Anterior Hip Pain

Anterior hip pain is frequently due to straining the hip flexors, especially in athletes.  There are a number of reasons that athletes strain their hip flexors, many being things they don’t think about or attribute to being related to their hips.

Low back tightness

It seems backward to most, but tightness in the low back can contribute to straining your hip flexors.

A quick anatomy lesson…without getting into too much technical anatomy…

Your hip flexor muscles attach to the front of your lumbar spine and pelvis and then to the front of your thigh bone (femur).  Your spinal extensor muscles run along both sides of the spine, and some also attach from the pelvis to the bottom ribs.

If you have done a workout that has caused your back to tighten up, when you do something that either needs to fire your hip flexors or allow them to extend, they can get overworked/overstretched and cause a muscle strain.

If you feel yourself starting to compensate in any way when working out with a tight low back, stop before you hurt yourself.  A workout is not worth an injury.

 Hip adductor tightness

The hip adductors connect from the medial femur (inner thigh) to the pubic region.  These are the muscles typically injured in a “groin” injury.

The primary job of this muscle group is to either flex or extend the hip, depending on the position of the leg.

When the adductors are tight, the rest of the muscles around the hip are required to fire differently to compensate for the tightness, which may cause a muscle strain.  Because of proximity and normal functions the body goes through, it is typically the hip flexors that take the hit.

Quadriceps tightness

Quadriceps tightness as a contributor to a hip flexor strain.

One part of the quadriceps is also a hip flexor muscle. Because of this, if the quadriceps are tight it is very easy to strain your hip flexors; specifically the one that crosses the hip to assist hip flexion. I find this one to be most commonly strained when sprinting, especially when starting from a dead stop and going into a sprint, such as when playing sports such as baseball, softball, or soccer.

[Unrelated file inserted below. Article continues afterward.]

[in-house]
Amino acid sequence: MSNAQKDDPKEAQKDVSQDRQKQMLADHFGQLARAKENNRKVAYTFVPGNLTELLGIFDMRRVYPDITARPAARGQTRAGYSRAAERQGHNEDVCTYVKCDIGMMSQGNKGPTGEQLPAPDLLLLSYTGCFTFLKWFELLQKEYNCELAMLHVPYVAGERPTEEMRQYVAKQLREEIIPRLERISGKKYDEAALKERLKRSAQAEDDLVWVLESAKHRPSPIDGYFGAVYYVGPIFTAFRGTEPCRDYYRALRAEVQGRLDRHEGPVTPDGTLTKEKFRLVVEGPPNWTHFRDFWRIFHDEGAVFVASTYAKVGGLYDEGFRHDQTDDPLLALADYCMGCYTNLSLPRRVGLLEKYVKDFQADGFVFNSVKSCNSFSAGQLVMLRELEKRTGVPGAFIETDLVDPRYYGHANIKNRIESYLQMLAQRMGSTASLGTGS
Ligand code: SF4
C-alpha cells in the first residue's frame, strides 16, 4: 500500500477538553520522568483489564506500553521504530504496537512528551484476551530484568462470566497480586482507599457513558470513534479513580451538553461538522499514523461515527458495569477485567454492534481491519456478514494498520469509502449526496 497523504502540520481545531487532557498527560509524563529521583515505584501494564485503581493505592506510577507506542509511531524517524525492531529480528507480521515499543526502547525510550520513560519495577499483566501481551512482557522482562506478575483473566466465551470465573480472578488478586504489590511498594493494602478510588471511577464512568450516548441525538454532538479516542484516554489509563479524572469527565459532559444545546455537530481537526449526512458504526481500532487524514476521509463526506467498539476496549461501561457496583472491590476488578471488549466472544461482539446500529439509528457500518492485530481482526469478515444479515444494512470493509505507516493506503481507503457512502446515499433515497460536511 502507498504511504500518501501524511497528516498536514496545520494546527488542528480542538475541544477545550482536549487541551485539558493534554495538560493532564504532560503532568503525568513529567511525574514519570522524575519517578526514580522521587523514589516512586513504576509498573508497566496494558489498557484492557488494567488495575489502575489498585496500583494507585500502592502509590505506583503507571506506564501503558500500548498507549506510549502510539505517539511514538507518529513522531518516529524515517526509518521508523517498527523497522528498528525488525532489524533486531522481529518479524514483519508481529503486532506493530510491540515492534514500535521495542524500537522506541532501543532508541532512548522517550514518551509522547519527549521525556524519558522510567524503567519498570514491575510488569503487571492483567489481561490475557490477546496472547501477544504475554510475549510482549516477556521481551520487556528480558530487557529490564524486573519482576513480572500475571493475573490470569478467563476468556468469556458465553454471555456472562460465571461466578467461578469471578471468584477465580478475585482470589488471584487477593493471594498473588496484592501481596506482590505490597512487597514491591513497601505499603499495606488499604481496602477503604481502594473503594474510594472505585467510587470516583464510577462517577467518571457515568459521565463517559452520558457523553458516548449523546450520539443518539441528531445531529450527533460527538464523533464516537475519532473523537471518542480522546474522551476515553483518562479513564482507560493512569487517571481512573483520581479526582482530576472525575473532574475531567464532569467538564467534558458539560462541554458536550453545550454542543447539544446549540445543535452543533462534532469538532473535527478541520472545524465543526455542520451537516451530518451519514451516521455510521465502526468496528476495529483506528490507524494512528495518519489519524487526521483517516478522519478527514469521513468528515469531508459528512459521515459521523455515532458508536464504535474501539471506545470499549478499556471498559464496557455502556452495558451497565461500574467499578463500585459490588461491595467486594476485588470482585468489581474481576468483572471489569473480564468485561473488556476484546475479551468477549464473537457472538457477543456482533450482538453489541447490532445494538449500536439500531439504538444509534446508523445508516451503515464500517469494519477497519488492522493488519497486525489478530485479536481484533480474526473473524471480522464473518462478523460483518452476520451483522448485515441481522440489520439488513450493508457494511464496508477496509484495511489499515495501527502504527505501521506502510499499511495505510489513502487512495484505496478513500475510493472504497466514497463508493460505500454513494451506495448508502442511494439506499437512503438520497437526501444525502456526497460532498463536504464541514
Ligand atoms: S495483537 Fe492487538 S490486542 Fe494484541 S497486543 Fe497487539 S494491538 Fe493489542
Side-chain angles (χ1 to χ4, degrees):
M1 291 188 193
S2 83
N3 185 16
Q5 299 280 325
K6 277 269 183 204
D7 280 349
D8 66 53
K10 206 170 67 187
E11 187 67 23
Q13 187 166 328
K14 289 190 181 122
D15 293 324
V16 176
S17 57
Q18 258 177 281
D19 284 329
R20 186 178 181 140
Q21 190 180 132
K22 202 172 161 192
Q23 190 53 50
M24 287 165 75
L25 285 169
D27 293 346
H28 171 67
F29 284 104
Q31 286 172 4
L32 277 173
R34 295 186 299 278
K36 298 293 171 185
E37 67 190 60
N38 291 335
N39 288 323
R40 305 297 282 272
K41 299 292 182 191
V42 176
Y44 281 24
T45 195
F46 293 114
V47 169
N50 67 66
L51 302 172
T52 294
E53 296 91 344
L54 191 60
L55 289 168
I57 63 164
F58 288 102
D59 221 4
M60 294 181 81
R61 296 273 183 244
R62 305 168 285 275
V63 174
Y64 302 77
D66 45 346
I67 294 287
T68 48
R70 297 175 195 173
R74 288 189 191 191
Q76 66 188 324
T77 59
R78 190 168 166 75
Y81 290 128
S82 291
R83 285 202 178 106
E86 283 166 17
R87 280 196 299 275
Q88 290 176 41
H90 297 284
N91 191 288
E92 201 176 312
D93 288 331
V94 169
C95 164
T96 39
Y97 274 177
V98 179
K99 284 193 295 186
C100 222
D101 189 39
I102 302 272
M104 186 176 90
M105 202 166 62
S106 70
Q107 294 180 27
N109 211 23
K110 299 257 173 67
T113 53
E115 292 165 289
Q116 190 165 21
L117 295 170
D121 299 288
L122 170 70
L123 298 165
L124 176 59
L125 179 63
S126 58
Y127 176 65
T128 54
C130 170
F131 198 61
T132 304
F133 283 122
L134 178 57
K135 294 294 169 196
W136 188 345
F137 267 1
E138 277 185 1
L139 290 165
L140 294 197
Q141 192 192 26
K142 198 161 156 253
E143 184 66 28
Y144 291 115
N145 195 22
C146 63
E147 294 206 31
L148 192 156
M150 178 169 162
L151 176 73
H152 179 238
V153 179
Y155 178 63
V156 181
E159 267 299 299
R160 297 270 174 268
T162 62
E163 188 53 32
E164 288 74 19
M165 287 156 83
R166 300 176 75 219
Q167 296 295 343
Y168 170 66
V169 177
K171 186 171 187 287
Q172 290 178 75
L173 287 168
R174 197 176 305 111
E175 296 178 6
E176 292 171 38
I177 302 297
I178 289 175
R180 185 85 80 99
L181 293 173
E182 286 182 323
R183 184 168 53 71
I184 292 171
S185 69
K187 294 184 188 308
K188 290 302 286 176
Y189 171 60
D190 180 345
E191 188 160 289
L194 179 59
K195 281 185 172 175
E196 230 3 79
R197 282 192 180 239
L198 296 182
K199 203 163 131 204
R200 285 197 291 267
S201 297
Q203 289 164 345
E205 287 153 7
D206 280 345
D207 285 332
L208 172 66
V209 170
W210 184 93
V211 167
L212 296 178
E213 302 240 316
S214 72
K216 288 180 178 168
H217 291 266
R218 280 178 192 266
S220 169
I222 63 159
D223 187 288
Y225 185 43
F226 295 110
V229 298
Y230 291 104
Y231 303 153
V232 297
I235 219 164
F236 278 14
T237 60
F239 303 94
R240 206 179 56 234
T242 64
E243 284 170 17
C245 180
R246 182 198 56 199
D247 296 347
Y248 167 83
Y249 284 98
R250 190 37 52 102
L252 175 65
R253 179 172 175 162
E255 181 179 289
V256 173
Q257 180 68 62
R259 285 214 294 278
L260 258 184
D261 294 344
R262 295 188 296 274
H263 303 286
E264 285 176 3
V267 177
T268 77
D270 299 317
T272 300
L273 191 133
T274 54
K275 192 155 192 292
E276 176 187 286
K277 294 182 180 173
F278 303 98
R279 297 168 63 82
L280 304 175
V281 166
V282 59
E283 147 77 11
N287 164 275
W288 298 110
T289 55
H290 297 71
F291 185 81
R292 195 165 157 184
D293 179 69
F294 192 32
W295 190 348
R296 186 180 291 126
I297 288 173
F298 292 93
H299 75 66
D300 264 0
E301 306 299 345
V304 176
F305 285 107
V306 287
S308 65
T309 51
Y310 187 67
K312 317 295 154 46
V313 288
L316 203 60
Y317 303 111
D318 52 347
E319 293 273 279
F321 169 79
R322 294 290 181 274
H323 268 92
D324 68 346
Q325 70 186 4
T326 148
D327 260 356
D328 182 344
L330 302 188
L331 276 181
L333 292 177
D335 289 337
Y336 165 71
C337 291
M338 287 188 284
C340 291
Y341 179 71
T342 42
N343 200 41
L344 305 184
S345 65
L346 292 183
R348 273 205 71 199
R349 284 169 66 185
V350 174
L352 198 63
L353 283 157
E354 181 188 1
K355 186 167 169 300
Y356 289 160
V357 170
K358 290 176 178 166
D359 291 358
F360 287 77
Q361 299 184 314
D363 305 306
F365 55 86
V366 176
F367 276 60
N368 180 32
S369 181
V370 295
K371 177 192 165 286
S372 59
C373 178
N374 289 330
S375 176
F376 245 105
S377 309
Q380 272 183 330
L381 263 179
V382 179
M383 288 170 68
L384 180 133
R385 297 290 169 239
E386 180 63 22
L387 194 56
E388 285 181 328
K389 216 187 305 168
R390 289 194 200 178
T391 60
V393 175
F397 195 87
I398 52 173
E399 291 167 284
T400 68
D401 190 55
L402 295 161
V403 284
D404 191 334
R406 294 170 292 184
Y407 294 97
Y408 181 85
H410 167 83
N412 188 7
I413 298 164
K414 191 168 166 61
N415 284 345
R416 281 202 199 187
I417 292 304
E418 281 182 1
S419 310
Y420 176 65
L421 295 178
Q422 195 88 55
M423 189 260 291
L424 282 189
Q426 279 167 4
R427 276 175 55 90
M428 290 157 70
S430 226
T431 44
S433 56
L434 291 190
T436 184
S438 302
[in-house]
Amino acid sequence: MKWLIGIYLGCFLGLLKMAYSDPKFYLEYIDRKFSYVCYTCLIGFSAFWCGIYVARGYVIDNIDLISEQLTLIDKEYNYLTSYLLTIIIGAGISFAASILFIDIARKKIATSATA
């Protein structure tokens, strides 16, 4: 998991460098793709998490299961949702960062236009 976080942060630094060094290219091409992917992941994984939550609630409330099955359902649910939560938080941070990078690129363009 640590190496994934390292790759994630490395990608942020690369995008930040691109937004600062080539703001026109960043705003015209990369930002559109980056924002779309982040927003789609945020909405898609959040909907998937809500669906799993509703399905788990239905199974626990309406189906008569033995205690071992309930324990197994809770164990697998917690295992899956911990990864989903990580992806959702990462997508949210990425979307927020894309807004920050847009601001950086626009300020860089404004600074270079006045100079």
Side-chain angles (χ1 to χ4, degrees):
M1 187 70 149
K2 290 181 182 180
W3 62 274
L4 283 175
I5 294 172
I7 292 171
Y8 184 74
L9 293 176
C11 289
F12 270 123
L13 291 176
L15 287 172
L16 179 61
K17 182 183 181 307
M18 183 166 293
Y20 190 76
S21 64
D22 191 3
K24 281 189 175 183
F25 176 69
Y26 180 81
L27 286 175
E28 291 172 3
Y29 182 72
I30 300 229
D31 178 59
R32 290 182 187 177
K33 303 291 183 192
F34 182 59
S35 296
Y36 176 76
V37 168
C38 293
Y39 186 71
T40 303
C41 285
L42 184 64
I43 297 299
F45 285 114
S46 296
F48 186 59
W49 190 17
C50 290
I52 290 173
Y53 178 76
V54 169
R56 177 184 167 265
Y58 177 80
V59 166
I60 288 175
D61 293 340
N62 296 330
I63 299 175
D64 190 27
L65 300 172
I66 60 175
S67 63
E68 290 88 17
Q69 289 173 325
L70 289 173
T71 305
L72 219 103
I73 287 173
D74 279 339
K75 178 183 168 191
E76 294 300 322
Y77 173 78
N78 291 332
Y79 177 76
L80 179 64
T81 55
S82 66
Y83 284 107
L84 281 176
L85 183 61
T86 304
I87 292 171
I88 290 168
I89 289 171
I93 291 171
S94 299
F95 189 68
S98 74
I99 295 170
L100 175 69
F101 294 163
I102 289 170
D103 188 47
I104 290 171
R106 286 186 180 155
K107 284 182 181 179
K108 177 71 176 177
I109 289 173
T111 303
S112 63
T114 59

How do you know if this is the problem versus one of the other hip flexors. A good test is a lunge. If it is more uncomfortable when the knee is on the ground as the back leg in the lunge rather than when the leg is actively coming forward when standing back up, it is likely this specific muscle group that has been strained.

Pelvic asymmetry

Our pelvis (the big “bowl” your hips attach to) and sacrum (the triangle at the bottom of the spine) can become rotated.  This can be due to an injury, but is most often caused by sitting and standing habits we maintain throughout our day, such as crossing one leg over the other more consistently or frequently being shifted to one leg when standing.

Because of the attachments of muscles on the pelvis and on the femur, if the pelvis is slightly rotated (which is more common than you think), the muscles on the right and the left are either placed on increased tension or slack, depending on the muscle and on the direction of rotation.  This causes the muscles to fire differently when going through routine movements.  Typically, it will be the muscle put on increased tension that will become injured rather than the one on slack.

Stretches to do for the area

Keeping the back and hip area loose and mobile can help.  Try out the stretches in this video.                                                    

Hip stretches include Hip pinwheels, Frog, Sampson, Lizard, and Pigeon.

“Smashing” the area

If you have access to a kettlebell, you can use the horn of the kettlebell to “smash” the hip flexor in order to try to decrease the tightness.

Check out the video HERE

How I address it with physical therapy

When the hip feels tight, doing self maintenance by stretching or other “smashing” techniques is a great way to address it.

But, when the area is strained, many times it needs more care that what you can do on your own.

Typically, it is a process, especially because there are multiple things going on.  I need to do the following:

  • Decrease the pain/tightness in the injured area
  • Decrease tightness in areas that likely contributed to the injury or have gotten tight due to compensations
  • Restore proper movement patterns

If only the area of injury is addressed and not everything else, it is likely that re-injury will occur.  This is why even though the pain is gone, it does not mean the “problem” is resolved.  It is important to continue care to make sure all issues are resolved so you are less likely to re-injure the area in the future.

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